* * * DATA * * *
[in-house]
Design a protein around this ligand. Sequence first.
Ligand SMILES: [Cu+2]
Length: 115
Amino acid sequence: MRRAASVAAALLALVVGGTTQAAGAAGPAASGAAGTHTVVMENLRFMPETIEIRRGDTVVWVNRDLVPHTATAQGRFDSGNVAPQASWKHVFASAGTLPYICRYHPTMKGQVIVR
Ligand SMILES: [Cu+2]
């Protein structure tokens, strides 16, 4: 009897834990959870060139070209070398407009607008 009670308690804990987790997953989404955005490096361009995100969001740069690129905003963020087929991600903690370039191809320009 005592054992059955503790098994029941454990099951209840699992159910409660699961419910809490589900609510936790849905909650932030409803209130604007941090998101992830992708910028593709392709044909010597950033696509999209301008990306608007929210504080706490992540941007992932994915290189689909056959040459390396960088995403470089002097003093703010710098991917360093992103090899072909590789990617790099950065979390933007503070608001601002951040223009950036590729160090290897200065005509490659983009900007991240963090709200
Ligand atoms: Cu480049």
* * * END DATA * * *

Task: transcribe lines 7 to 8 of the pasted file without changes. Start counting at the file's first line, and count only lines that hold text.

């Protein structure tokens, strides 16, 4: 009897834990959870060139070209070398407009607008 009670308690804990987790997953989404955005490096361009995100969001740069690129905003963020087929991600903690370039191809320009 005592054992059955503790098994029941454990099951209840699992159910409660699961419910809490589900609510936790849905909650932030409803209130604007941090998101992830992708910028593709392709044909010597950033696509999209301008990306608007929210504080706490992540941007992932994915290189689909056959040459390396960088995403470089002097003093703010710098991917360093992103090899072909590789990617790099950065979390933007503070608001601002951040223009950036590729160090290897200065005509490659983009900007991240963090709200
Ligand atoms: Cu480049």